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LONDON CRITICAL JOURNAL.
ART. I.-A Series of Discourses on the Christian Revelation, viewed in connection with the Modern Astronomy. By Thomas Chalmers, D.D. Minister of the Tron Church, Glasgow. 8vo. pp. 276. Smith and Son. Glasgow, 1817.
THAT the stupendous scene which the heavens disclose to us by day and by night should awaken the wonder of mortals; that in an age of religious blindness it shou i have captivated idolaters, and that it should actuate the thoughts, influence the belief, and modify the reasonings of those who live within the sound and illumination of the Gospel, are consequences very natural to a weak and trembling creature whose condition is so little known to himself, and over whom changes so solemn, and destinies so mysterious, are fearfully suspended. Man alone has an upward look, among the breathing myriads which cover the face of our globe; and if the sky was not adorned for the exercise and delight of the human faculties, it is at least undeniable that the mind is furnished with a capacity to contemplate the beauteous spectacle, to stretch the line of its intelligence over at least some part of the exterior arrangement, and to extract from the glittering and gorgeous scene an exhaustless theme of praise and wonder. The argument appears so irresistible and direct which God has given us of his being and attributes, in the works of his hands, that to the believing mind it is scarcely possible to comprehend the existence of an Atheist. And yet how little has all this display of energy and might and goodness done, towards bringing men to a just sense of the Deity, without a revelation.' In a world bursting with proofs of his benevolence, and blazing
with the trophies of his omnipotence, the stupidest and grossest hypotheses have disputed with God the honour of the Creation, and philosophy, falsely so called, has found substitutes for the Creator himself among the emanations of his power. There is one only medium, one only lens, through which these objects can be viewed so as to bring them upon the deep chamber of the mind in their proper focus. We must first see God as Christians, and then we are permitted to see his works with the intelligence of pure philosophy, with the understanding of the heart,-with the interior intimacy of the privileged and initiated. We can know God but in one way, we may honour him in a thousand: but it is necessary to know him first in order to honour him rightly, and nothing is better proved by the world's history and experience than that, though God has always had his "witnesses in heaven," and "his hand in the sea, and his right hand in the rivers," yet without a special communication, without being first enabled "to understand the way of his precepts; we have not even so much as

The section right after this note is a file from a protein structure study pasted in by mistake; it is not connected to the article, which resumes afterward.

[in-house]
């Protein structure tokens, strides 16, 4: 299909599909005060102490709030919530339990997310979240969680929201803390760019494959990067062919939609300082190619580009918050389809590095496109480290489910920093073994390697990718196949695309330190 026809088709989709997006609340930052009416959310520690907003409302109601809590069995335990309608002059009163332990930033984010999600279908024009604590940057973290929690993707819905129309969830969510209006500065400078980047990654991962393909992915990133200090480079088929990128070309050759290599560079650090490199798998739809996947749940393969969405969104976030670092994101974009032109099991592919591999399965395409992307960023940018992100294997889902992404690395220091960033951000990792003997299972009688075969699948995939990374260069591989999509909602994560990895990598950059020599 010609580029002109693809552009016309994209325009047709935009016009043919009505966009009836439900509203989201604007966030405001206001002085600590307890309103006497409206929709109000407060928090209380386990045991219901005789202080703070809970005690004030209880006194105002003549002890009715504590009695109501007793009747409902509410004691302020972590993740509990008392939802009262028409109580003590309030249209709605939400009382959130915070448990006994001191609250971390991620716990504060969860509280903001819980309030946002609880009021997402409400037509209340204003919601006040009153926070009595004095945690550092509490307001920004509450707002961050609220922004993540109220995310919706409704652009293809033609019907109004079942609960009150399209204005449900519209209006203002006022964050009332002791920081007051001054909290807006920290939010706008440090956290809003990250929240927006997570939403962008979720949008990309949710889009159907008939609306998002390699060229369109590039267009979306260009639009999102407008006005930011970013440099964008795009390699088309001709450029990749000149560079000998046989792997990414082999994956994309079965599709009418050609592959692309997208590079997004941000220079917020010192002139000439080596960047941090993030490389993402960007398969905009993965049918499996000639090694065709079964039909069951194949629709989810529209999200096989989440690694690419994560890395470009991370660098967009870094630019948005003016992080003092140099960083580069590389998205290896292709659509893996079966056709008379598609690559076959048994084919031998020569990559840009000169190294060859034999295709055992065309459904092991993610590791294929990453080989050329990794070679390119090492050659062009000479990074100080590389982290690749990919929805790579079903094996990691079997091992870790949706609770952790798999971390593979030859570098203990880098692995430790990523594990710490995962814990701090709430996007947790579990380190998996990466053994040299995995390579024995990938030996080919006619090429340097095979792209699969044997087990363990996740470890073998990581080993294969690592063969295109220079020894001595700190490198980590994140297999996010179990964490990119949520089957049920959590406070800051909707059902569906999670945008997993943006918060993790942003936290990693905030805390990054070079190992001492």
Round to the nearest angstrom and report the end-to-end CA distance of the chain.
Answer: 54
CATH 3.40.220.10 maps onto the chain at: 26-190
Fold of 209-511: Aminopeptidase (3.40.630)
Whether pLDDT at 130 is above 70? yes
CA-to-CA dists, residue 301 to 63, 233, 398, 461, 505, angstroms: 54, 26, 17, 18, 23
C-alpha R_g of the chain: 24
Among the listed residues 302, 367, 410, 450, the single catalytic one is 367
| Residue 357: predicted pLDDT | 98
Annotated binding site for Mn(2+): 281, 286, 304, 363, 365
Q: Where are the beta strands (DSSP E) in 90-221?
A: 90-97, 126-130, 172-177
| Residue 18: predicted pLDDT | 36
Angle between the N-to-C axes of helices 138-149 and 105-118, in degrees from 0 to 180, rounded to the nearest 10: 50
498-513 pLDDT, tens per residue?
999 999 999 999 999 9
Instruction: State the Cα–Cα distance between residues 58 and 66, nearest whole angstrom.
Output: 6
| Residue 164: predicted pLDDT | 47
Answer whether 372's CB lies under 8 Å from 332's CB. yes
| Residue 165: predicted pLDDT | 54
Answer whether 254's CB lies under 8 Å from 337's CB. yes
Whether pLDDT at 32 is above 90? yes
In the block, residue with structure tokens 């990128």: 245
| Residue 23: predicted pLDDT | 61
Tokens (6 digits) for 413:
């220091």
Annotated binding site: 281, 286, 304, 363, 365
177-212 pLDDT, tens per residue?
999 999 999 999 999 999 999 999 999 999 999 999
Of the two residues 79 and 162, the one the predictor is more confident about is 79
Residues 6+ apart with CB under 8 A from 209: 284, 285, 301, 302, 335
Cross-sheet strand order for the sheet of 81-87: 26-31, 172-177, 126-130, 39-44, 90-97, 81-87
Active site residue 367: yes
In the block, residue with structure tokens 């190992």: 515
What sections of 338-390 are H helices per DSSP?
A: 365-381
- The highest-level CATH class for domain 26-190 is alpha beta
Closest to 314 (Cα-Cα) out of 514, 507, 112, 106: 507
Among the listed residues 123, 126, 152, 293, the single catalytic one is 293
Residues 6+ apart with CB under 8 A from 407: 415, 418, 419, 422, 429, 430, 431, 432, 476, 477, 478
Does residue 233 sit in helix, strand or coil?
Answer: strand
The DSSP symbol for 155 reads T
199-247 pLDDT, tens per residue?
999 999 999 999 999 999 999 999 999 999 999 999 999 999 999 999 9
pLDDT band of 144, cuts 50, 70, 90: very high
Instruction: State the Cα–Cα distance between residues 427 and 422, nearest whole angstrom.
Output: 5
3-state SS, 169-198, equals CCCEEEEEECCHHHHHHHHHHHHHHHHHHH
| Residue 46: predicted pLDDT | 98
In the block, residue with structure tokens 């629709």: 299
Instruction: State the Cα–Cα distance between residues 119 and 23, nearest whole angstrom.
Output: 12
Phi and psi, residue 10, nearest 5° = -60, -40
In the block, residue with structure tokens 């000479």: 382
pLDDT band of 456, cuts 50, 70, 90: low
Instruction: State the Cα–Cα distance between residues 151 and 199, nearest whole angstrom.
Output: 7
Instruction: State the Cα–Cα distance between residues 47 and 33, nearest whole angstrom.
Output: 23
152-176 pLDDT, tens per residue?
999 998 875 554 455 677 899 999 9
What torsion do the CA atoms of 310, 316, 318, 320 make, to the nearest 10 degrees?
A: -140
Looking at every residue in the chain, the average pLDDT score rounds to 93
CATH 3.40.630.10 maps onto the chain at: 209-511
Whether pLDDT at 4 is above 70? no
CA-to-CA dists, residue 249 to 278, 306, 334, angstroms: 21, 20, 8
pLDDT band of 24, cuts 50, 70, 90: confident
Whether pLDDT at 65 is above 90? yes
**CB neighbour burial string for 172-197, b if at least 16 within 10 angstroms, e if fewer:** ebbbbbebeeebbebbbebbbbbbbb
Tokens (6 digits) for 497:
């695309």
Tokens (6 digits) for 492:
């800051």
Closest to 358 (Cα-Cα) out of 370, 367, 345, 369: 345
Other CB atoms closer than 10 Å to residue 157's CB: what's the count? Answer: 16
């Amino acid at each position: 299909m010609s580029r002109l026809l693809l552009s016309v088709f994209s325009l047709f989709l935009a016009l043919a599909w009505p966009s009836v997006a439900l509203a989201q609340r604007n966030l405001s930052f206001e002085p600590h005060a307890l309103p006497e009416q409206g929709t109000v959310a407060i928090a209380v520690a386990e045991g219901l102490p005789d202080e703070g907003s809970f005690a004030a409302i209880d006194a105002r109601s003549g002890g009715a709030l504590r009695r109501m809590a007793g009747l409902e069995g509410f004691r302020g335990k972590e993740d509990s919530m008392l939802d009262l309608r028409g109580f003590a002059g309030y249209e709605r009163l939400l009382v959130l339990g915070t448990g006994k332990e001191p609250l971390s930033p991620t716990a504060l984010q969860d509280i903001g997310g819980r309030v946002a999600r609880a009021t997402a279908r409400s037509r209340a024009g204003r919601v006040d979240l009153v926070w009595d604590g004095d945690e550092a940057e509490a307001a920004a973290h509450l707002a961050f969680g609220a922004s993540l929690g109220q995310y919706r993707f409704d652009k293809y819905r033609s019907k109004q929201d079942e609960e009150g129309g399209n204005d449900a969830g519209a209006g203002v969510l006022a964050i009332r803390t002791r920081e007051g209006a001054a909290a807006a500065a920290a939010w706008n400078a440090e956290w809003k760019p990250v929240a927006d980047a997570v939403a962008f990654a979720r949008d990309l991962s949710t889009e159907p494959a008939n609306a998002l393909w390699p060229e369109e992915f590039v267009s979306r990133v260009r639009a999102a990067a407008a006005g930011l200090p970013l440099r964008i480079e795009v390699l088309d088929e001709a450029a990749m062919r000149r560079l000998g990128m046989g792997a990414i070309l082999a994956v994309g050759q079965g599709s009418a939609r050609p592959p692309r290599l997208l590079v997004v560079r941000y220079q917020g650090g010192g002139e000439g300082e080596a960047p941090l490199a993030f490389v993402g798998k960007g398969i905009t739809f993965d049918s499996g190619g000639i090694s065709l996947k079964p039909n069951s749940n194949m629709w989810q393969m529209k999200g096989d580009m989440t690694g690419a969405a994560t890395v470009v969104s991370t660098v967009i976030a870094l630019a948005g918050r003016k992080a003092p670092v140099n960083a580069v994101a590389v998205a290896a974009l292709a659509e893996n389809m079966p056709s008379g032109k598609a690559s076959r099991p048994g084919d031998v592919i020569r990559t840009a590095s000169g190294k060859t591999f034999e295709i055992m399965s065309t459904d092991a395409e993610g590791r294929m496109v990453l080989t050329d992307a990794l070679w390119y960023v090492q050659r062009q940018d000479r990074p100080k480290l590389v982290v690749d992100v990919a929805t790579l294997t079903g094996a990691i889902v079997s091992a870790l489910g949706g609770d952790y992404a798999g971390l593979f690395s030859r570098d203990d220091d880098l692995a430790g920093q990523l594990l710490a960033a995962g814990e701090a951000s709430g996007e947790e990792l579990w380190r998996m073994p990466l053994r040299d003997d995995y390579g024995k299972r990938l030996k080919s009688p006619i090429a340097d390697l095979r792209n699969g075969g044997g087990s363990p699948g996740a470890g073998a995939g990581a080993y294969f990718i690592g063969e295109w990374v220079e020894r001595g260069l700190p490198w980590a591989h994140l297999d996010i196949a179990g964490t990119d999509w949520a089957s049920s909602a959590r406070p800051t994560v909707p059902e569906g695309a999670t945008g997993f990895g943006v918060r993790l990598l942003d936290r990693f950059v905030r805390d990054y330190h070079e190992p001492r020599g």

known how to talk of his wondrous works."
The oscitancy and absurdity of the ancient philosophical Atheists had fallen into contempt among the ancients themselves; and the Pagan mythology had, before the Christian revelation, begun to give way to a sublimer and more rational theism; but nothing in the natural world had thus improved the speculations of mankind: and if the mind by its own efforts was raised above materialism, it was only to people nature with a crowd of invisible agents, characterised for the most part by the vices and passions of men, and clothed with attributes and personifications incongruous, obscene, and ridiculous. The Stoics and the Moralists, who drew their opinions, not from material or physical observations, but from a more spiritual comprehension of Divine things, carried a better intelligence to the subject, and surveyed the phenomena of the natural world, with a point of reference in their minds, which conferred upon it the moral beauty of union, totality, and design. This, indeed, is the true position in which the subject should be placed. The priorities of religion and philosophy should be thus settled, before it can be distinctly perceived how physiology attains its rank in the intellectual and moral scale, and has its bearings upon a future world, and the destinies of an immortal Being. Thus Plato reasoned, thus Socrates before him, and thus Aristotle after him: they maintained that the existence of one wise and perfect Being was too high a truth to be reached by minds unpurified, and weighed down by carnal and gross propensities; and fancifully derived it from a certain Divine sagacity, a ray of Divinity, that imparted the holy secret to the soul. Christianity realized these visions, and substantiated these beautiful adumbrations; at once opened a cor